Space Objects Evenly Apart on PowerPoint Slides
by Avantix Learning Team | Updated March 12, 2021
Applies to: Microsoft® PowerPoint® 2013, 2016, 2019 and 365 (Windows)
You can space objects an equal distance apart in a couple of ways in PowerPoint. These objects may be shapes, images, placeholders or text boxes. If the objects are not consistent in size, it's problematic to try to space them evenly apart.
Note: Buttons and Ribbon tabs may display in a different way (with or without text) depending on your version of PowerPoint, the size of your screen and your Control Panel settings. For PowerPoint 365 users, Ribbon tabs may appear with different names. For example, the Picture Tools Format tab may appear as Picture Format and the Drawing Tools Format tab may appear as Drawing Format or Shape Format.
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Spacing objects an equal distance apart by distributing horizontally or vertically
If you have created multiple objects on a slide and you want to space them an equal distance apart, you can distribute them horizontally or vertically. You'll need to use the Align command in the Ribbon to distribute objects.
Below is the Align command in PowerPoint 365 on a 17 inch screen:
To space objects an equal distance apart on a slide by distributing them:
- Select the objects by clicking the first object and then pressing Shift or Ctrl and clicking on the other objects. If you are selecting a text box or placeholder, Shift or Ctrl-click its edge. You can also select multiple objects by clicking in a blank area and dragging around them.
- Click the Format tab in the Ribbon. This tab may appear as Picture Tools Format, Picture Format, Drawing Tools Format, Drawing Format, Shape Format or Graphic Format depending on the objects you have selected and your version of PowerPoint. Alternatively, you can also click the Home tab.
- In the Arrange group, click Align. A drop-down menu appears. Align selected objects should be selected. If it is not selected, choose Align selected objects and then click Align again.
- Select Distribute Horizontally for objects you wish to distribute left to right or Distribute Vertically for objects you wish to distribute from top to bottom.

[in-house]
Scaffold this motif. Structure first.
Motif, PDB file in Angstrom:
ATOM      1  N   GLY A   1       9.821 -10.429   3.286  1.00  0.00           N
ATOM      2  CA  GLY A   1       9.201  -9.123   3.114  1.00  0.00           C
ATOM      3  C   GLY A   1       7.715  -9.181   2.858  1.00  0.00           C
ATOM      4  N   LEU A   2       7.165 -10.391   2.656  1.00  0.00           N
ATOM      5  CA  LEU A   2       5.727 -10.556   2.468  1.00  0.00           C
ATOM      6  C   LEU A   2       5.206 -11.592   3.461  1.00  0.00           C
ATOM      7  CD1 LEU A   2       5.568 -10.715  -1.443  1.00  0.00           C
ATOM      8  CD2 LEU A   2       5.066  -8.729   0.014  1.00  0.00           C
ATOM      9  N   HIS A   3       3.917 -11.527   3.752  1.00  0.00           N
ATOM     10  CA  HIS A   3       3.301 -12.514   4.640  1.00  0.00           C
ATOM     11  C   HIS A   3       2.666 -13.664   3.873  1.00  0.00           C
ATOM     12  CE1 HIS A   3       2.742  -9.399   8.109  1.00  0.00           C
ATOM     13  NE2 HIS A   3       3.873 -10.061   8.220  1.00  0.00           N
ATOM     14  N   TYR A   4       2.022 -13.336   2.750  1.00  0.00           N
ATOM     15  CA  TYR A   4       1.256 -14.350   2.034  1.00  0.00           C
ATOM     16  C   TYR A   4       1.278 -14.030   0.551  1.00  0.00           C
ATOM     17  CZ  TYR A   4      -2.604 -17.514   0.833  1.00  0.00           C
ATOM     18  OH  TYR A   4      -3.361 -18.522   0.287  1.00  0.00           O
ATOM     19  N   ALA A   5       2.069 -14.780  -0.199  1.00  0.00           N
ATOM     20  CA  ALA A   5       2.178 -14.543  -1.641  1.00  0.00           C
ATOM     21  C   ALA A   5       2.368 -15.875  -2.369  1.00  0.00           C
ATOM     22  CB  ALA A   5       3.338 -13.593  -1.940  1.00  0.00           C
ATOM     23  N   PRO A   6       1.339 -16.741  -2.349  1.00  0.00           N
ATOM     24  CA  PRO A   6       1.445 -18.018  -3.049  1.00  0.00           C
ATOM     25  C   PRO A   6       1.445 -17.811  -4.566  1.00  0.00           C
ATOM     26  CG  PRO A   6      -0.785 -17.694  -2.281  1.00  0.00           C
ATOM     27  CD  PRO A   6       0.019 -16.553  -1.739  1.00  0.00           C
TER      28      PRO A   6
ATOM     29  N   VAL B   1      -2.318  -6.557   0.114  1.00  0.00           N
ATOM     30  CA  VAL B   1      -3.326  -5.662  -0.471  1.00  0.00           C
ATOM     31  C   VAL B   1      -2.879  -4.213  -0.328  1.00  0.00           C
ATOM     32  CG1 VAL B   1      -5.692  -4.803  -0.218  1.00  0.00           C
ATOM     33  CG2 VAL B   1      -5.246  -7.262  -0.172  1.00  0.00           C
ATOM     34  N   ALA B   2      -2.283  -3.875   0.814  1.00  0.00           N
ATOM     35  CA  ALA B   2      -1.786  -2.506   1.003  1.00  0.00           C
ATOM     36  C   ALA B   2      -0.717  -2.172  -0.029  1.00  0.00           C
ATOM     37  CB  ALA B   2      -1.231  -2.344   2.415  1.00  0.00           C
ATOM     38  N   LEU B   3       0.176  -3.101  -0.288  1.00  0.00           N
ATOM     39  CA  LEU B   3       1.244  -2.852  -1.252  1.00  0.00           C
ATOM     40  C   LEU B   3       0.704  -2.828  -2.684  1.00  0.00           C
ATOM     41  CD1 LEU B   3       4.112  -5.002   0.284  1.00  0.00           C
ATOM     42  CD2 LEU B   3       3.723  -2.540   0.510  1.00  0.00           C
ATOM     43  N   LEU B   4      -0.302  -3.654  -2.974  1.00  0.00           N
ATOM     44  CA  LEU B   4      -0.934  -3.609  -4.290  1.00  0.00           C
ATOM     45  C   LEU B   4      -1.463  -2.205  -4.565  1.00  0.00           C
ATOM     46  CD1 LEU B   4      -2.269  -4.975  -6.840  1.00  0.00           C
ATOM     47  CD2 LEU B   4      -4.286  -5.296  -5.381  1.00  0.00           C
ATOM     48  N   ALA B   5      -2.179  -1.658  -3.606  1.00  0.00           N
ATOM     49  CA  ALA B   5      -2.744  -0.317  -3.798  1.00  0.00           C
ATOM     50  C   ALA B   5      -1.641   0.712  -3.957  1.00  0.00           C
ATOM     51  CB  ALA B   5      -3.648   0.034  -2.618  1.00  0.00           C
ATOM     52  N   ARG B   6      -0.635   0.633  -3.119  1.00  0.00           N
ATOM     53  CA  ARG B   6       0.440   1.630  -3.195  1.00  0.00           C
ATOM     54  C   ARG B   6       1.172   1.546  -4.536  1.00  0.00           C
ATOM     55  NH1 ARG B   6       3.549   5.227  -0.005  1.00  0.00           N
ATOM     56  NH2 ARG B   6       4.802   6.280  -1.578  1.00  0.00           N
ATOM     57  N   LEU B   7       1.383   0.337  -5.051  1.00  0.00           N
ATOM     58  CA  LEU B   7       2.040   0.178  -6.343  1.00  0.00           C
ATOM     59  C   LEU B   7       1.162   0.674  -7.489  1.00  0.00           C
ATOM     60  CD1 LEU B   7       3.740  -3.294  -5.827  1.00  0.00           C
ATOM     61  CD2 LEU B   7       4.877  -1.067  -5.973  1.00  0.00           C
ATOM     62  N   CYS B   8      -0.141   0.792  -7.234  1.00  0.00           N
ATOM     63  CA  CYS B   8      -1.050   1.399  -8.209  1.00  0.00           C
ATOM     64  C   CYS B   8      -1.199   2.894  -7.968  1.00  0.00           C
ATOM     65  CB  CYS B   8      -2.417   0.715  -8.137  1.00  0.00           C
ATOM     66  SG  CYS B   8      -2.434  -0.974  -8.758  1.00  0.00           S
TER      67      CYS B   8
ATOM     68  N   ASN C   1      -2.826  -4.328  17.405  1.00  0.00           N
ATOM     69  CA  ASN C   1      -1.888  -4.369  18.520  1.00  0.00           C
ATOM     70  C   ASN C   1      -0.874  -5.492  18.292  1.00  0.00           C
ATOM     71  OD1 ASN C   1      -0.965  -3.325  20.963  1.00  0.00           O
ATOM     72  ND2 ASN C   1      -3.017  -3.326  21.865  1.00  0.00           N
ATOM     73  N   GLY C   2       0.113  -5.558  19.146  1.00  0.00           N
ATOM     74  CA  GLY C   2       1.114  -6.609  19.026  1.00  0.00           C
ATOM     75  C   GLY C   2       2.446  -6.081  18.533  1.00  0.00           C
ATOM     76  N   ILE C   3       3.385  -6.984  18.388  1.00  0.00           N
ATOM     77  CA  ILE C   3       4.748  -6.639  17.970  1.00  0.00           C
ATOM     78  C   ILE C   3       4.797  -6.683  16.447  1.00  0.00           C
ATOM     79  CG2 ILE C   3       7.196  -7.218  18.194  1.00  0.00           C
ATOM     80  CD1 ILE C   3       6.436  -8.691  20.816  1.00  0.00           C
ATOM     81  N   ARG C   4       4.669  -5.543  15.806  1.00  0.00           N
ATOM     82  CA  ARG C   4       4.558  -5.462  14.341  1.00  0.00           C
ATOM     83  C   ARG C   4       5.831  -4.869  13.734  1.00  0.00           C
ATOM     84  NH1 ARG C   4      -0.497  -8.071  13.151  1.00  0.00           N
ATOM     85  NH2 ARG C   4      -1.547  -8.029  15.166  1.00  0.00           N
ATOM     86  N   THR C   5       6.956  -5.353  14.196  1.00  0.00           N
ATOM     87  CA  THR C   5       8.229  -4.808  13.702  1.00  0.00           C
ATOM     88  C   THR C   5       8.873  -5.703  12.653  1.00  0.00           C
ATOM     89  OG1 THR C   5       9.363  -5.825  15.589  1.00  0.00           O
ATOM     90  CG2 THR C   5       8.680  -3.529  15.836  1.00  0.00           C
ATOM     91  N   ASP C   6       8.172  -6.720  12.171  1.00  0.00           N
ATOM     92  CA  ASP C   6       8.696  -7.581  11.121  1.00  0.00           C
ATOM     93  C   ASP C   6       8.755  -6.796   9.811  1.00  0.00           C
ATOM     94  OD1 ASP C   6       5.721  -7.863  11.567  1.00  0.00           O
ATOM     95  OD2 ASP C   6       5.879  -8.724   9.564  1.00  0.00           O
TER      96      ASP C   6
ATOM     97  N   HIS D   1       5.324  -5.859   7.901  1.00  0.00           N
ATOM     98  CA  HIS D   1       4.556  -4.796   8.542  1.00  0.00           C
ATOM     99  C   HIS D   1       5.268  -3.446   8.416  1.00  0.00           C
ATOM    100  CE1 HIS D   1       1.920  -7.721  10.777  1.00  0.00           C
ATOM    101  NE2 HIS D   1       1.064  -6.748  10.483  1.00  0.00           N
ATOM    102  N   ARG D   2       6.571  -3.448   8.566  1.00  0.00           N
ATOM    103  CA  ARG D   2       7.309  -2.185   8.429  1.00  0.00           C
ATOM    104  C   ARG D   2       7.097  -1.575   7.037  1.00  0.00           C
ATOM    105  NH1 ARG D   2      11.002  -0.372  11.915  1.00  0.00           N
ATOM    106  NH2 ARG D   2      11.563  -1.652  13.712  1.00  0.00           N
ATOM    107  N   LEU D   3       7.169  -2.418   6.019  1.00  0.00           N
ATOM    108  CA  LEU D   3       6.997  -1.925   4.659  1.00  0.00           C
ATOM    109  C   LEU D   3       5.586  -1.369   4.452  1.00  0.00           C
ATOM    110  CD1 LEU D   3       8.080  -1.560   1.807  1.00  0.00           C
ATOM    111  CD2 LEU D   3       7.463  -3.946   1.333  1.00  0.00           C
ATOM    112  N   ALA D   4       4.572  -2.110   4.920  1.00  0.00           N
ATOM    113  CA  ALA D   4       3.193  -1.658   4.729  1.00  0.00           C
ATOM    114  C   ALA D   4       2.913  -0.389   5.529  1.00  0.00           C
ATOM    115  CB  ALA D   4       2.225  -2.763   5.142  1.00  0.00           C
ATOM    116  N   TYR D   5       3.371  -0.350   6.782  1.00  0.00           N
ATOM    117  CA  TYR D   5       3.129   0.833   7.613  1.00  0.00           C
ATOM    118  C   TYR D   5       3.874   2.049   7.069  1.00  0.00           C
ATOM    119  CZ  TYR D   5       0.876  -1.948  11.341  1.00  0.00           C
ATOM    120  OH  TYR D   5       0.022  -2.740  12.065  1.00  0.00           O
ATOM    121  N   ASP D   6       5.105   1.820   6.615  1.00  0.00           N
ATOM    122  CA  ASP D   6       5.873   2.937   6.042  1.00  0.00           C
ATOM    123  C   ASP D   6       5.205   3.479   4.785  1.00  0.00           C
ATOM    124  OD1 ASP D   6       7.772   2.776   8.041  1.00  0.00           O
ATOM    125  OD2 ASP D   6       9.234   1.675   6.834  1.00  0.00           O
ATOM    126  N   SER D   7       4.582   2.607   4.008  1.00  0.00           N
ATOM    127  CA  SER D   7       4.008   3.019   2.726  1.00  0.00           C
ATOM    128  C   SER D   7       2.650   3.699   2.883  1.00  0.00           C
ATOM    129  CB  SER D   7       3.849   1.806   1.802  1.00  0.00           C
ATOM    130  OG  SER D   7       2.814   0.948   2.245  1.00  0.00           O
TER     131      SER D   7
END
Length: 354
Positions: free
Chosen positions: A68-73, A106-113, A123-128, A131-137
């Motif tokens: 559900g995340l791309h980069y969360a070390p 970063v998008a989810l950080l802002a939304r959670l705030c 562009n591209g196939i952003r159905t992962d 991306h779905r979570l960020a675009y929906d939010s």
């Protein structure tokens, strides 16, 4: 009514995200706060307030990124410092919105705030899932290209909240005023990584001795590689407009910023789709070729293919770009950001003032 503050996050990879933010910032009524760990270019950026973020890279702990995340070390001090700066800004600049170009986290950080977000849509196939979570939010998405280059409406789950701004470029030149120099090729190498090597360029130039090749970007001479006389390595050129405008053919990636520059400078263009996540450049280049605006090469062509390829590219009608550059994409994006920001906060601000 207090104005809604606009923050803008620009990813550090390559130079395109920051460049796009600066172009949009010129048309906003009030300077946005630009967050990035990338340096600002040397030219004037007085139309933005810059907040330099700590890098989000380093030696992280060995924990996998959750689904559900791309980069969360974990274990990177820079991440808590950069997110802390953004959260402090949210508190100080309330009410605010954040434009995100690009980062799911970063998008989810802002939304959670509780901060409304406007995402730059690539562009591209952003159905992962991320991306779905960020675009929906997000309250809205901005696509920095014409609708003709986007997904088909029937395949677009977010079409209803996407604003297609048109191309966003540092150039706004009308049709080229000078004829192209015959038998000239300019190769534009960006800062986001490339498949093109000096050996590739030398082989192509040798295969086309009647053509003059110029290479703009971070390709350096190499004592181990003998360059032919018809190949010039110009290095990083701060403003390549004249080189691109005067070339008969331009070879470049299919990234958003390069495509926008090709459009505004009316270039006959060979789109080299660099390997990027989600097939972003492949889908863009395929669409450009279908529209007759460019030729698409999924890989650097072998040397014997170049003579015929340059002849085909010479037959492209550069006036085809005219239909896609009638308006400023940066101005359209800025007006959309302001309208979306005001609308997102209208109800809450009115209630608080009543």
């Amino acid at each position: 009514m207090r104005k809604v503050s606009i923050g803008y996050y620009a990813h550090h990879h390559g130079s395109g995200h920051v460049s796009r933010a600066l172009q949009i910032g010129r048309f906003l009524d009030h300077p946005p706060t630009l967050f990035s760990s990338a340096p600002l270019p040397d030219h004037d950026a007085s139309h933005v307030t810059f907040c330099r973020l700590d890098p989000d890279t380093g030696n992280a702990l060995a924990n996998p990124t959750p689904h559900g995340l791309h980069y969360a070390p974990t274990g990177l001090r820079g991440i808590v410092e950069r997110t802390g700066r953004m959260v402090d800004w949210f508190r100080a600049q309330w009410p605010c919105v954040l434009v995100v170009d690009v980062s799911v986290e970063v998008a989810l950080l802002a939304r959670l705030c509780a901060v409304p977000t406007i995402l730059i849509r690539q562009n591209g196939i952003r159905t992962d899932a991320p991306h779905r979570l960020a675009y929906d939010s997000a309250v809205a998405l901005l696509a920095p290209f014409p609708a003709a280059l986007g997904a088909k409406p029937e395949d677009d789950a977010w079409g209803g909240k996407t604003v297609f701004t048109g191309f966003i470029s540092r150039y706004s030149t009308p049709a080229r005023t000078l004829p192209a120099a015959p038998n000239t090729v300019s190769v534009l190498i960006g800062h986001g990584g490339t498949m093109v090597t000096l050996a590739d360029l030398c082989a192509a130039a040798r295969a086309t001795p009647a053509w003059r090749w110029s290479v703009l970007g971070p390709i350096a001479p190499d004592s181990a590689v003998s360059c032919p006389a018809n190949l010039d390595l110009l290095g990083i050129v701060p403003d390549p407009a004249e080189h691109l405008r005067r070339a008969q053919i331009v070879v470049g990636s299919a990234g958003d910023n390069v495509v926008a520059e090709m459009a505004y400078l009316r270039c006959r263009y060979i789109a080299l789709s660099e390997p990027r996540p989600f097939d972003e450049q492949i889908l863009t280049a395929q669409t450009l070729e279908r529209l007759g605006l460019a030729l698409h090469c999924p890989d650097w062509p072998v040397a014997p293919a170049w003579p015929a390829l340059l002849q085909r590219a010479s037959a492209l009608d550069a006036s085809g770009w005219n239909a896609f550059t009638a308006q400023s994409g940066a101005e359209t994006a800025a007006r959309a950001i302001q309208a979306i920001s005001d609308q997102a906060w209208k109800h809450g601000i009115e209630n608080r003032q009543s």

PowerPoint determines the spacing or distribution based on the position of the first and last object (left to right or top to bottom). If objects are different sizes, distribution does not work well.
Notably, Align is not available when you right-click and display the context or drop-down menu.
You can right-click Align in the Ribbon and select Add to Quick Access Toolbar from the drop-down menu to add it to the Quick Access Toolbar (which appears above or below the Ribbon).
In the example below, 3 objects have been distributed horizontally:
Spacing objects evenly apart using Smart Guides
PowerPoint 2013 and later versions have equidistance guides (part of Smart Guides) which appear when objects are close to each other.
To space objects using equidistance guides:
- Create at least 3 objects.
- Set the distance between the first two objects by moving the second object to the desired location.
- Move the third object so that it is approximately an equal distance to the first two. PowerPoint should display the equidistance guides when the objects are close enough to each other. These guides appear as double-sided arrows between the objects.
- Repeat for other objects.
Copying and spacing objects an equal distance apart
When you copy multiple objects, you can space them evenly apart.
To copy an object and space subsequent objects the same distance apart:
- Select an object. If the object is a text box or placeholder, click its edge.
- Press Ctrl and Shift and drag the object to a new location to make a copy. If you press Ctrl while you drag an object, PowerPoint makes a copy of the object. If you press Shift as well as Ctrl, the object will stay aligned with the previous object. Do not perform any other actions.
- Press Ctrl + Y to repeat. Another object will be created to the right or below the second object the same distance apart.
- Continue pressing Ctrl + Y to make more copies of the object.
Both spacing (distribution) and alignment are key commands in PowerPoint. It's usually worth spending the time to align and distribute objects to create professional-looking slide decks.
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